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Monday 24 September 2018
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PM SEEKS CONFIRMATION

International news agency Reuters has identified Daryan Warner, son of Minister of National Security and former FIFA vice-president Jack Warner, as a “cooperating witness” in a Federal Bureau of Investigation (FBI) probe into alleged corruption in international football.

The Reuters report said Warner, the National Security Minister, has not been charged with any wrongdoing. However, it said that since 2011, the FBI had been examining US$500,000 (TT$3.2 million) in payments made over a 20-year period by the Caribbean Football Union (CFU), of which Warner was once president, to an offshore company headed by US football official Chuck Blazer.

Blazer resigned as general secretary of the Confederation of North, Central American and Caribbean Football Association (Concacaf) in December 2011 but remains an executive committee member until May. Warner was previously the head of CFU and Concacaf, as well as FIFA vice-president.

Responding to the Reuters story, “FBI has co-operating witness for soccer fraud probe: sources”, Prime Minister Kamla Persad-Bissessar last evening said she would not rely on published reports in the media and would seek official confirmation.

In a statement issued by the Office of the Prime Minister at 6.40 pm, Persad-Bissessar said, “I will not rely on published reports in the media, but will again seek to get official corroboration of the information now in the public domain before making any determination or pronouncement.”

The Reuters exclusive report by journalist Mark Hosenball was picked up by other media outlets in the US and locally. It cited unnamed US law enforcement sources as indicating that the probe into the transactions had “intensified” after a “key party” was cooperating as a witness.

The report identified Warner’s eldest son Daryan as the witness, but said sources declined to discuss Daryan’s role. It also said Daryan, who is in Miami, could not be reached for comment but noted a US official had disclosed Daryan was first interviewed by the FBI late last year after flying to the United States.

The report said a law-enforcement source declined to comment on who might be charged, or when this could happen. The report said the scope of the investigation was unclear.

It said the exact reasons for the US$500,000 payments were unclear but it cited statements made in 2011 by Blazer in which he said the money was repayment from Warner for a loan which was given in 2004. It also referred to Warner’s statement to local media that the payments were above board.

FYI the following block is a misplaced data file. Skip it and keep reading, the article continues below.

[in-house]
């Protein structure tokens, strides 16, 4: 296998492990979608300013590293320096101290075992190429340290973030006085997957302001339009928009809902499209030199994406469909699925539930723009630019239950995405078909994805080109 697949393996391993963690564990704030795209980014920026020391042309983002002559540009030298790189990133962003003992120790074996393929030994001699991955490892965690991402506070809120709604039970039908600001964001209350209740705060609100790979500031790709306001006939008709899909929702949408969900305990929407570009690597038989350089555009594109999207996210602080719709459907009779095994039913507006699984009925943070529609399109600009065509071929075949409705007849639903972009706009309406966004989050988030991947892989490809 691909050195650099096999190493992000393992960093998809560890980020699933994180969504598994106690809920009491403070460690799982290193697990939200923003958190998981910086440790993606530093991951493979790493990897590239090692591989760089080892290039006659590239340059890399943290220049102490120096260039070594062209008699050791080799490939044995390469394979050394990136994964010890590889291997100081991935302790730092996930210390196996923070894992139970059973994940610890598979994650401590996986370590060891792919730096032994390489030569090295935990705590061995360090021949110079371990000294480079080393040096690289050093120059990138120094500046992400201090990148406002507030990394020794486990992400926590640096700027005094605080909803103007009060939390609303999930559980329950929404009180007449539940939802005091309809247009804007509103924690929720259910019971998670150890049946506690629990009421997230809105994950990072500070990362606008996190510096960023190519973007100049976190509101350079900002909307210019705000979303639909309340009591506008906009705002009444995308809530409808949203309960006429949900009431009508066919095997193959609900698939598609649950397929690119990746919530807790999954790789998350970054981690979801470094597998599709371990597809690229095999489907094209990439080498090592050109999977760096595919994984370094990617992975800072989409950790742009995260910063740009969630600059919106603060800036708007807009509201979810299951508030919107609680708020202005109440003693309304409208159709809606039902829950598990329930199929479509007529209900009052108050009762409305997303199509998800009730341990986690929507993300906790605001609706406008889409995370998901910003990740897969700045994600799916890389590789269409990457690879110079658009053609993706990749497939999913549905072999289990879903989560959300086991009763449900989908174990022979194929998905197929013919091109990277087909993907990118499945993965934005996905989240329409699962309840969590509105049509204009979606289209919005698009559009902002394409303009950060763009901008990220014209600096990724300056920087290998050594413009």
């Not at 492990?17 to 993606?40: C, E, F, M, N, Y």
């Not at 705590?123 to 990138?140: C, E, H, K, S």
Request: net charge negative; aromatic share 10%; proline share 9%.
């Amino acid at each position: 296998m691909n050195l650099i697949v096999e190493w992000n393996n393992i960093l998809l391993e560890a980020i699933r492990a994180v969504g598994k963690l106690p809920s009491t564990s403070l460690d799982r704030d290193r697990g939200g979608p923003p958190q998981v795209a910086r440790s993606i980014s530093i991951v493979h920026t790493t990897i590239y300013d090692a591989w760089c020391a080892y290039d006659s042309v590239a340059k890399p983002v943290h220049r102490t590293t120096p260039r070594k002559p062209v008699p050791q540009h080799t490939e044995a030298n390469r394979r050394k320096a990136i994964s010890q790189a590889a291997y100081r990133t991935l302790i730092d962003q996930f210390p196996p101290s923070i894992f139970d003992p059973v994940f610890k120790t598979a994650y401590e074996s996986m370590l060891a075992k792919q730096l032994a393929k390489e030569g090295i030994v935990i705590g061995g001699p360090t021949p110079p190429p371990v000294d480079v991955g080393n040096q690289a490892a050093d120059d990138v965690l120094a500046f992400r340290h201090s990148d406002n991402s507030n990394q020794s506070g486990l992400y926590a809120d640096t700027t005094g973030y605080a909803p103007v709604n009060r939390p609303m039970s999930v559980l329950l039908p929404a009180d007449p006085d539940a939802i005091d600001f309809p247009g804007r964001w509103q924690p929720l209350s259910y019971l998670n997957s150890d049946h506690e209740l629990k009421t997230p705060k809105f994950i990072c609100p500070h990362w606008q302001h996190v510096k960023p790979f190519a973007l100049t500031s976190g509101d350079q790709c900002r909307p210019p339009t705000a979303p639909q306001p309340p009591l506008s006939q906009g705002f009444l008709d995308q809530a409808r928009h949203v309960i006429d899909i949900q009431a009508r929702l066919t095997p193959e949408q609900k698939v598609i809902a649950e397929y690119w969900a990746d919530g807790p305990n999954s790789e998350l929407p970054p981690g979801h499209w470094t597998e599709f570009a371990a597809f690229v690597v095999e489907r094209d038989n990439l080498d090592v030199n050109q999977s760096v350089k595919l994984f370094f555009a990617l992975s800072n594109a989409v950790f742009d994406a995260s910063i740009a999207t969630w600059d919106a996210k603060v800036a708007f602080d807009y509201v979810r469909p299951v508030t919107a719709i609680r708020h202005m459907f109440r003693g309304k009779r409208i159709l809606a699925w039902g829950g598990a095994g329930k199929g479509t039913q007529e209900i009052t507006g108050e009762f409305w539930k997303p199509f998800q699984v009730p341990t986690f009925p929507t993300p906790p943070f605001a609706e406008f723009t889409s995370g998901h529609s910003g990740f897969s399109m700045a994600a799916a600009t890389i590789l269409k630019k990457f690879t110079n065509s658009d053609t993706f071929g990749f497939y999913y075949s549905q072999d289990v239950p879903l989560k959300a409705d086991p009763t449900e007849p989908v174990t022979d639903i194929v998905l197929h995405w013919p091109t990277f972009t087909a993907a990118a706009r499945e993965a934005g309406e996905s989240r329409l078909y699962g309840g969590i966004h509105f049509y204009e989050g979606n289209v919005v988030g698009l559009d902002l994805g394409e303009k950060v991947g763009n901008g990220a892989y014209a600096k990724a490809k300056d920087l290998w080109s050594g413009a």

Law enforcement officials are quoted as saying that the Internal Revenue Service (IRS) was part of the investigation, looking at potential violations of US tax laws and anti-fraud laws including laws against wire and mail fraud. An unnamed official is quoted as describing the investigation as “shaping up like a major case.”

Blazer was contacted by the reporter about the investigation and said he was advised by his lawyer not to comment.

Spokesman for the National Security Minister, Francis Joseph was quoted in the report saying that neither Daryan or Warner would comment on the matter.

Warner met yesterday afternoon with Persad-Bissessar but attempts to reach him on his mobile phone were unsuccessful up to press time.

Questioned by reporters on March 12 regarding a report on a minister’s son, Persad-Bissessar said she had “no information, advice or knowledge of any minister’s son in any circumstances abroad.”

Newsday contacted Mark Hosenball by email to seek more details on his report. Hosenball replied, “Unfortunately all I can say is the story speaks for itself. Can’t go beyond this.”

Warner quit FIFA and Concacaf in June 2011 in the wake of bribery allegations stemming from a visit to Port-of-Spain by then FIFA presidential candidate Mohamed Bin Hammam to lobby CFU members to vote for him against Sepp Blatter in FIFA presidential elections. It is alleged that Bin Hammam gave Warner packets containing US$40,000 to give to CFU members.

After his resignation, FIFA had declared Warner was presumed innocent, but banned Bin Hammam when FIFA ethics committee concluded its probe of the allegations. The Court of Arbitration for Sport overturned Bin Hammam’s ban saying the case had not been proven, although it found that Bin Hammam was “more likely than not” the source of the cash.

The Opposition had asked the police to investigate whether any TT Customs laws were breached over allegations that sums of money were brought into the country.

However, local police said they were unable to get evidence and the case was closed.

(FIFA reinstated its ban on Bin Hammam last December for a separate matter concerning “conflicts of interest” while he was president of the Asian Football Confederation.)

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